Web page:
USC News: Study offers new clues about the source of racial health disparities – “A first-of-its-kind study by researchers at USC and Loyola Marymount University has found evidence that the persistent health disparities across race may, in part, be related to anxiety about being confronted by negative racial stereotypes while receiving health care. Stereotype threat, which is the threat of being judged by or confirming a negative stereotype about a group you belong to, has already been shown to influence the outcome of standardized testing, such as performance on the SAT (the most widely used college admissions exam). For example, when confronted with a negative stereotype about their group identity, some black students become anxious that they will perform poorly on a test and, thereby, confirm negative stereotypes about the intellectual ability of people of their race. As a consequence of cognitive load from this performance anxiety, students actually become more likely to perform poorly.” >> Read more

Scope: A quiz on the social determinants of health – “Given the topic of today’s SMS-Unplugged entry, during which Moises Humberto Gallegos discusses how things like housing insecurity and financial hardship can contribute to poor health, I was interested to come across this Covering Health quiz on the social determinants of health. Writer Joe Rojas-Burke asks 10 true-or-false questions, and I think some of the answers may surprise you. >> Read more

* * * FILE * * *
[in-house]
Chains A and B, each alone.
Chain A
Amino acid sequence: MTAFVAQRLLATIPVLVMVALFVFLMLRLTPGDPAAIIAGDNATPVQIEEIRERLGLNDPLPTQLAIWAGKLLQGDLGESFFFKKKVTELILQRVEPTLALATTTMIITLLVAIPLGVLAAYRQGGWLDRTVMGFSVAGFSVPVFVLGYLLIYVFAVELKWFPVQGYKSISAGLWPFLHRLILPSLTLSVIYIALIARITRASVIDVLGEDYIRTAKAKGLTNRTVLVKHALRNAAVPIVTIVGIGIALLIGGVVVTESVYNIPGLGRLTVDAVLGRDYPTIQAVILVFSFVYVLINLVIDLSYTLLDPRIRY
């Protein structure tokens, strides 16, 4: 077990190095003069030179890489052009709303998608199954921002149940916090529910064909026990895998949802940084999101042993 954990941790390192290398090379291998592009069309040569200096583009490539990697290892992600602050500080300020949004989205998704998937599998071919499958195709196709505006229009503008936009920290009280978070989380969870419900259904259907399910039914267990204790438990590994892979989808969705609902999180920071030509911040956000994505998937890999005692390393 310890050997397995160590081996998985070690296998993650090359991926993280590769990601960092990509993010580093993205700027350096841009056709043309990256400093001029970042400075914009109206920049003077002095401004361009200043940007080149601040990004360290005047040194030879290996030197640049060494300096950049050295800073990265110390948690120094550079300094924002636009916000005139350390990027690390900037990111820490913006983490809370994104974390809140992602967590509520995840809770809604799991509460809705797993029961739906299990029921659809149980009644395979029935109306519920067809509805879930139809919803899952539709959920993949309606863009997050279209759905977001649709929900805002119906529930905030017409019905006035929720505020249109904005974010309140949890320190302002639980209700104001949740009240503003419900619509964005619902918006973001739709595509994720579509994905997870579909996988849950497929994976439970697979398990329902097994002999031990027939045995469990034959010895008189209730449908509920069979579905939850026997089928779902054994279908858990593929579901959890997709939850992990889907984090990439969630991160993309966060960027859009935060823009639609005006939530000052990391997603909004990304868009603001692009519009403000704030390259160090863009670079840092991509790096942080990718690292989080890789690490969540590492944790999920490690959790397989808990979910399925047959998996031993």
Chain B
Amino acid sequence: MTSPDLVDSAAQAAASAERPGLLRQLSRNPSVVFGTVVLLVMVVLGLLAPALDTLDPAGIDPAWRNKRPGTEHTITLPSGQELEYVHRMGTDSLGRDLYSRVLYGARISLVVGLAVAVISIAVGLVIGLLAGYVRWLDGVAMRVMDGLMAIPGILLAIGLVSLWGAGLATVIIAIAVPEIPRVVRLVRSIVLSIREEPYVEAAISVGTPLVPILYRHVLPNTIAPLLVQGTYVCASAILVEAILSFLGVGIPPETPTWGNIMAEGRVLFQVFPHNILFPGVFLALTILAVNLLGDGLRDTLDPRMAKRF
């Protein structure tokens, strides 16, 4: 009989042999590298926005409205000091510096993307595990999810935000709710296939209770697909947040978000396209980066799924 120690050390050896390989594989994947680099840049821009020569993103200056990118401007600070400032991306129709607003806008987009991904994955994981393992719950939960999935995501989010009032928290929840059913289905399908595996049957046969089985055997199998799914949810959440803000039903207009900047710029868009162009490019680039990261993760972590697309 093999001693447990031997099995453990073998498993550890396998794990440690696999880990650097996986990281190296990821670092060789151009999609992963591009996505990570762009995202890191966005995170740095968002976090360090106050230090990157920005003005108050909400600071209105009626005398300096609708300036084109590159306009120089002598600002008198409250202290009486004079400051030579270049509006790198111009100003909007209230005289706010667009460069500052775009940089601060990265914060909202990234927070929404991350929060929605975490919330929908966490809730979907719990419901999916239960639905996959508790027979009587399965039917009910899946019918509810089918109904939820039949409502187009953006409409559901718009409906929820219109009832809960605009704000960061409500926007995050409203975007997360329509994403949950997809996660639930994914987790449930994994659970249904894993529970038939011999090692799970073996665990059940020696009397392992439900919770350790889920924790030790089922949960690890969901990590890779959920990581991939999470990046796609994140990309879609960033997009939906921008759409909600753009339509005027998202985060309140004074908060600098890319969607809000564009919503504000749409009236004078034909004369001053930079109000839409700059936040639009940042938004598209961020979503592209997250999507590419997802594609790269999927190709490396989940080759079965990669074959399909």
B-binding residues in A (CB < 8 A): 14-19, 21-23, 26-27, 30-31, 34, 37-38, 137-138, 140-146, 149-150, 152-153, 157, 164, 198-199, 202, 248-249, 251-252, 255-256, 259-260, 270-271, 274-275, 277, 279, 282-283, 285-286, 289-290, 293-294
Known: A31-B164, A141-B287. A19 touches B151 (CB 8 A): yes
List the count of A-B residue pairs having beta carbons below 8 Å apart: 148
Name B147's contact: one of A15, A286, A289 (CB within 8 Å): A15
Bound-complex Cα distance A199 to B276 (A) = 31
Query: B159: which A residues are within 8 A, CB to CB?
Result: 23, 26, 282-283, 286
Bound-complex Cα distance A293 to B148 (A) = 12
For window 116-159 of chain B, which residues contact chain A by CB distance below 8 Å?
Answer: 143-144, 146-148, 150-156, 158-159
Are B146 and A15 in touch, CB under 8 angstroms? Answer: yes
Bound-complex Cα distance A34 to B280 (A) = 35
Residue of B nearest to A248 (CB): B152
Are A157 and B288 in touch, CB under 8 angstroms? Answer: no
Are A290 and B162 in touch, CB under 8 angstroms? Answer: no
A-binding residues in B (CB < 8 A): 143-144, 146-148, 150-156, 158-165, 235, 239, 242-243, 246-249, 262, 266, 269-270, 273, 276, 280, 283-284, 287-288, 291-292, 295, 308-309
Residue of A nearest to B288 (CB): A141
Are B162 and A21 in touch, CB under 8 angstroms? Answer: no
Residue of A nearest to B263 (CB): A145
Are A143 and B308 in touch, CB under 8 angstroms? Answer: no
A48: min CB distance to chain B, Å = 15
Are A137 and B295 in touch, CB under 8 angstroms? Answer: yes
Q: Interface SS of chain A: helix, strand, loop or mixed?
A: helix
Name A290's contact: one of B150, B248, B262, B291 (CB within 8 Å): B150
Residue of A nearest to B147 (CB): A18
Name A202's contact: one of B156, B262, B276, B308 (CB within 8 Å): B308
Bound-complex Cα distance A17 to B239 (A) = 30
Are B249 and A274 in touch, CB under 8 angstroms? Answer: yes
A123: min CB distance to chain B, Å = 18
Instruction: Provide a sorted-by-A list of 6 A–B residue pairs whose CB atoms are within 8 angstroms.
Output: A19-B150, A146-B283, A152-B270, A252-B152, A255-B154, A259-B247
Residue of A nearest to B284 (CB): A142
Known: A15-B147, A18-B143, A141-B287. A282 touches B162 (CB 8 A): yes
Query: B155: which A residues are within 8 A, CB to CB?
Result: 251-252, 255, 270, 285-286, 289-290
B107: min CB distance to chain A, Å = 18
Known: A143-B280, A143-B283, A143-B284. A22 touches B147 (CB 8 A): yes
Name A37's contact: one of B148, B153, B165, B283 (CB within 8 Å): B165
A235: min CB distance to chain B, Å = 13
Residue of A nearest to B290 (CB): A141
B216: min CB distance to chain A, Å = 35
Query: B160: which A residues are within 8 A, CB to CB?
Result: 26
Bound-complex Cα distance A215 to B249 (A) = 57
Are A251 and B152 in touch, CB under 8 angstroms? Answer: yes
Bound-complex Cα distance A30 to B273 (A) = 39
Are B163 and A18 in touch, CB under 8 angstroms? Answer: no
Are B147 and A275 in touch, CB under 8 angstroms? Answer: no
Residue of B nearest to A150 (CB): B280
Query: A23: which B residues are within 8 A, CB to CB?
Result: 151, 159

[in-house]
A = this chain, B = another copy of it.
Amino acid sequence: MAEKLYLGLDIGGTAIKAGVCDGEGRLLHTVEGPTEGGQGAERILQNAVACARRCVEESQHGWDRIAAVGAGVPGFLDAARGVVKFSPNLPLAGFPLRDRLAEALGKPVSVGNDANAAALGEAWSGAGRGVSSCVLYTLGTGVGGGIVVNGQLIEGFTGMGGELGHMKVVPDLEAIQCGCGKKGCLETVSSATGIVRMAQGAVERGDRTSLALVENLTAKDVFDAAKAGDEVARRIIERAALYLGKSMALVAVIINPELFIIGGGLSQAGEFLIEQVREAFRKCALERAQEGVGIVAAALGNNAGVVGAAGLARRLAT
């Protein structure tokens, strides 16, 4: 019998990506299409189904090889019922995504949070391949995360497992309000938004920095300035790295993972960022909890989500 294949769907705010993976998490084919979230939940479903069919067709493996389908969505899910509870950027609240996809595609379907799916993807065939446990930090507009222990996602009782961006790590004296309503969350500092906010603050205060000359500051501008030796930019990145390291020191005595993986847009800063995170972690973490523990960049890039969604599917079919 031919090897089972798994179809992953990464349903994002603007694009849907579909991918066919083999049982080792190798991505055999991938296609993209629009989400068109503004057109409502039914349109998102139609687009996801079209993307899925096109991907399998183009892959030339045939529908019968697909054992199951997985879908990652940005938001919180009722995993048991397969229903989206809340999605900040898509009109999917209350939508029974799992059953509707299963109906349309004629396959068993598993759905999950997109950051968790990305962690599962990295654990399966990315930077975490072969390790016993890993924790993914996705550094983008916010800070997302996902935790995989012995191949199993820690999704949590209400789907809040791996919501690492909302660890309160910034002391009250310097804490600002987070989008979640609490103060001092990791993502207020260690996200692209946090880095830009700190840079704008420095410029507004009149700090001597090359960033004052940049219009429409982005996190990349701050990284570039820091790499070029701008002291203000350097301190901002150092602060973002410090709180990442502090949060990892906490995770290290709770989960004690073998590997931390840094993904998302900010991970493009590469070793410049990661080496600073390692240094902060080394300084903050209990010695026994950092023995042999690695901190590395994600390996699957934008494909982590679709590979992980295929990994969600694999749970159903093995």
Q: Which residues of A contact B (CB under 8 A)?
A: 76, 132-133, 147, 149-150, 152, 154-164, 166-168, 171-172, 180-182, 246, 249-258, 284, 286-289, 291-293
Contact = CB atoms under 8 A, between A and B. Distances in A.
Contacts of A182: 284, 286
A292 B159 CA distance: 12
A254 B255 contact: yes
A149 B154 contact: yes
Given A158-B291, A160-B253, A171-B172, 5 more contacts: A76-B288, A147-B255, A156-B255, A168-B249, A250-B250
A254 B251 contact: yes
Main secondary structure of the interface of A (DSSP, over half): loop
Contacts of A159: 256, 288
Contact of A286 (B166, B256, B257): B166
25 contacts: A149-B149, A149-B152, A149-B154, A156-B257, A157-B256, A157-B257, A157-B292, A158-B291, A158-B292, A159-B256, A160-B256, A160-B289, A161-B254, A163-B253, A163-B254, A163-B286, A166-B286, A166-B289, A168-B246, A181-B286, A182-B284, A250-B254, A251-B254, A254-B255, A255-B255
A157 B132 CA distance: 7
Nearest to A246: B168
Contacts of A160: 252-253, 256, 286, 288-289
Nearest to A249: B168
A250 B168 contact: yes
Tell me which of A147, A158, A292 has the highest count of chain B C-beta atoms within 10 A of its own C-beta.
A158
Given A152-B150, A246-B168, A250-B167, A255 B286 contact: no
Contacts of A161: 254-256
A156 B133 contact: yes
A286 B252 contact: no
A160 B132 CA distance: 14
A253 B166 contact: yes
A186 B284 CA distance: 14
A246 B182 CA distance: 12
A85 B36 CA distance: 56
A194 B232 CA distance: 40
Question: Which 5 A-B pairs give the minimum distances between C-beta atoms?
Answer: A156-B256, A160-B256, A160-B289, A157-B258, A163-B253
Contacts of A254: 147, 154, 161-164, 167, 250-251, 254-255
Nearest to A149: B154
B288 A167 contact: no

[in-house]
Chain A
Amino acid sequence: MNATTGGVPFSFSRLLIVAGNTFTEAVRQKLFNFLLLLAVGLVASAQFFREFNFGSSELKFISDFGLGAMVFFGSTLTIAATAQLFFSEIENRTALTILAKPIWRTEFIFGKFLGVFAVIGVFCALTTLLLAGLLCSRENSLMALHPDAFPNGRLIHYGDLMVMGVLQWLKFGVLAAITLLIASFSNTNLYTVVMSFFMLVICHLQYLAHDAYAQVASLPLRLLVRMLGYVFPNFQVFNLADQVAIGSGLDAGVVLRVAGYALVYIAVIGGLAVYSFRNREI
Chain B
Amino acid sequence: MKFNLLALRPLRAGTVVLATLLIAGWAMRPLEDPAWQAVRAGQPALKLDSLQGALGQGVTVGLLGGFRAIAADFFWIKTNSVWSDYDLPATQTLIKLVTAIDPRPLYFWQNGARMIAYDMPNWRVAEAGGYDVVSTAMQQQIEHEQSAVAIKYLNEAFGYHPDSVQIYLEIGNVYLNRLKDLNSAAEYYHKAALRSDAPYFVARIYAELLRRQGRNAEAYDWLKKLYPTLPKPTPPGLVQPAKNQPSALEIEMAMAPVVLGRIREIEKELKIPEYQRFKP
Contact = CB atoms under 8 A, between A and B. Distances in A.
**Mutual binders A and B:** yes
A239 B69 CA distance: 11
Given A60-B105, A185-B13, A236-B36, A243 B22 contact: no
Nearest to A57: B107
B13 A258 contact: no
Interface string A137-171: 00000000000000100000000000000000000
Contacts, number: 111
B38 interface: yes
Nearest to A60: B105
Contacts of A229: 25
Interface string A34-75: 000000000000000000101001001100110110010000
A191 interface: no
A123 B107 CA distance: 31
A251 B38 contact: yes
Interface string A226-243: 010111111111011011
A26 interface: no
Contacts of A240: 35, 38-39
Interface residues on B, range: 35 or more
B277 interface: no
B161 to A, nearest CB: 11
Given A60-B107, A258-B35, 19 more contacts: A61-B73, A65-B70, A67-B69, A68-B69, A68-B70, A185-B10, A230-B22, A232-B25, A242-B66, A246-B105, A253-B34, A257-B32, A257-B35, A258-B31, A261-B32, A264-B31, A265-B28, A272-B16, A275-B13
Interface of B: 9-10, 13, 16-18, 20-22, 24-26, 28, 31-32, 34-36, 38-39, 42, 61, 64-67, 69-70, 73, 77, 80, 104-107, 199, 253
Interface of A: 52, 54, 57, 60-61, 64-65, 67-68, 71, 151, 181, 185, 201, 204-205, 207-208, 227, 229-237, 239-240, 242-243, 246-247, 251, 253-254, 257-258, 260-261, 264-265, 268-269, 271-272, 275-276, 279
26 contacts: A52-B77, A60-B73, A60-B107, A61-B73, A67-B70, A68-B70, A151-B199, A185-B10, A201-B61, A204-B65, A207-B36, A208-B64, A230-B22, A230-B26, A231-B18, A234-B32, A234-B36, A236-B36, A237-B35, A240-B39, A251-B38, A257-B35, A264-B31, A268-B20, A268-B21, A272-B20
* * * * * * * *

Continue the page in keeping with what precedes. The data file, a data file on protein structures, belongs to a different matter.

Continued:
Health IT Analytics: How can expanding internet access address health disparities? – “Overcoming the divide between patients who have regular broadband internet access and those who do not could be a key factor in decreasing health disparities and improving overall health literacy, argues a Harvard professor of public health. Despite the prevalence of smartphones and personal computers, patients with lower socioeconomic standing, who are also prone to increased levels of chronic disease, lack access to one of the basic tools of modern life and may not be able to make the same healthy choices as higher income peers.” >> Read more

Huffington Post: New Caucus to Focus on Expanding Medicaid – “Medicaid expansion is a choice that states can make because of the Supreme Court’s ruling. However, when the Court stuck the requirement and gave states the choice to expand Medicaid, it did NOT strike the facts that make Medicaid expansion the correct budgetary, economic, health and, yes, moral choice. 27 states, a majority of the states of this great country, looked at the facts and made the choice to help their people be healthier and therefore lead more productive lives.” >> Read more

 Image Credit: iStock Photo

About Gina Hernandez

Gina Hernandez is a Program Director at the Society for New Communications Research and has worked 7+ years in the digital communications field. Prior to joining the Society for New Communications Research, Gina worked at re: Imagine group, where she where she led media and blogger outreach and agency research.